The concern is that the pet food may contain traces of aflatoxin, a chemical byproduct that could prove harmful to animals. The Centers for Disease Control and Prevention (CDC) in Atlanta identifies aflatoxin as a fungal toxin contaminating maize and other crops during harvest storage, production or processing.
Pets that show sign of aflatoxin poisoning will exhibit sluggishness or lethargy not normally associated with their regular behavior. Pets may, in combination with the aforementioned, resist eating and go off their food. A yellowish tint to the eyes or gums, together with the emergence of diarrhea are also noted as warning signs—as is the appearance of "severe blood," although the company did not specify if the blood appeared in the stool, or elsewhere from the animal.
That said, any of the above together with severe bleeding of any kind should necessitate an immediate visit to the veterinarian.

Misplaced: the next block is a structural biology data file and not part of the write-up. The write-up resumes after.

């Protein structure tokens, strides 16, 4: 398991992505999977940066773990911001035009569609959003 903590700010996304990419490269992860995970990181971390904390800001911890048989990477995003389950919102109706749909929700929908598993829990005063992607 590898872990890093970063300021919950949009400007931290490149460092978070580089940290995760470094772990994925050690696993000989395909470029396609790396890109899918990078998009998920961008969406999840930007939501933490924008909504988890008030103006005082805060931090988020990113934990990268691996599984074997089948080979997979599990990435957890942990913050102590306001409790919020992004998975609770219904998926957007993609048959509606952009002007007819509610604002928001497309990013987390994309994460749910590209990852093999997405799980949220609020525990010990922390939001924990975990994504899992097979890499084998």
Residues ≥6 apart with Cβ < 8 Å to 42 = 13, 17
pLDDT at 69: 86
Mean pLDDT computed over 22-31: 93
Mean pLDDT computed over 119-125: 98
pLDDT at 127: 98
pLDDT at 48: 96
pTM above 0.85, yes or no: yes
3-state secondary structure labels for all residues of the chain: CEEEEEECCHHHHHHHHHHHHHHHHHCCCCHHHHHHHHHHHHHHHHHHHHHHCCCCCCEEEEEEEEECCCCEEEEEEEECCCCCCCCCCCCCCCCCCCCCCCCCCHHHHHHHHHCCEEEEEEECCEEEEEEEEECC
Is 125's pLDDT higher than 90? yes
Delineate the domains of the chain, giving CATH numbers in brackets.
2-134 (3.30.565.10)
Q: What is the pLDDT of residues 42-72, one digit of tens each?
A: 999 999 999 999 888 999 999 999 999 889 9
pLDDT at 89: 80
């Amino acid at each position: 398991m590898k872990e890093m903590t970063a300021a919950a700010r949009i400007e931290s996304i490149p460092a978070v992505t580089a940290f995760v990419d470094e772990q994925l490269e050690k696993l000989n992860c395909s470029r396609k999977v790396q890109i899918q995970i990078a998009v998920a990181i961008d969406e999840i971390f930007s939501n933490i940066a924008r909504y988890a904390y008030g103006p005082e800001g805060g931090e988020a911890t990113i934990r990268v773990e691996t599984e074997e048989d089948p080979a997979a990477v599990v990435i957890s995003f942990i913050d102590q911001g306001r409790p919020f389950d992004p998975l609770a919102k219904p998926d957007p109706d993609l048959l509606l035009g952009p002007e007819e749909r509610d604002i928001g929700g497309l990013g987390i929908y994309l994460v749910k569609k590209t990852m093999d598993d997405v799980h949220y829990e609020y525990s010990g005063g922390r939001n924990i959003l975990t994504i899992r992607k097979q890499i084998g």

Kroger-operated stores that are part of the recall include facilities located in Alabama, Arkansas, Georgia, Illinois, Indiana, Kansas, Kentucky, Louisiana, Michigan, Mississippi, Missouri, Nebraska, North Carolina, Ohio, South Carolina, Tennessee, Texas, Virginia and West Virginia.
Previous recalls for contaminated pet food made by other manufacturers have caused pets to become sick, and even die. Such an event can be devastating to pet owners, whose animals are treated as family—and for many pet owners living alone; a pet is a valued source of companionship.
Many pet owners traumatized by the sudden illness and death of an otherwise healthy animal have sued a pet food manufacturer for compensation over their loss.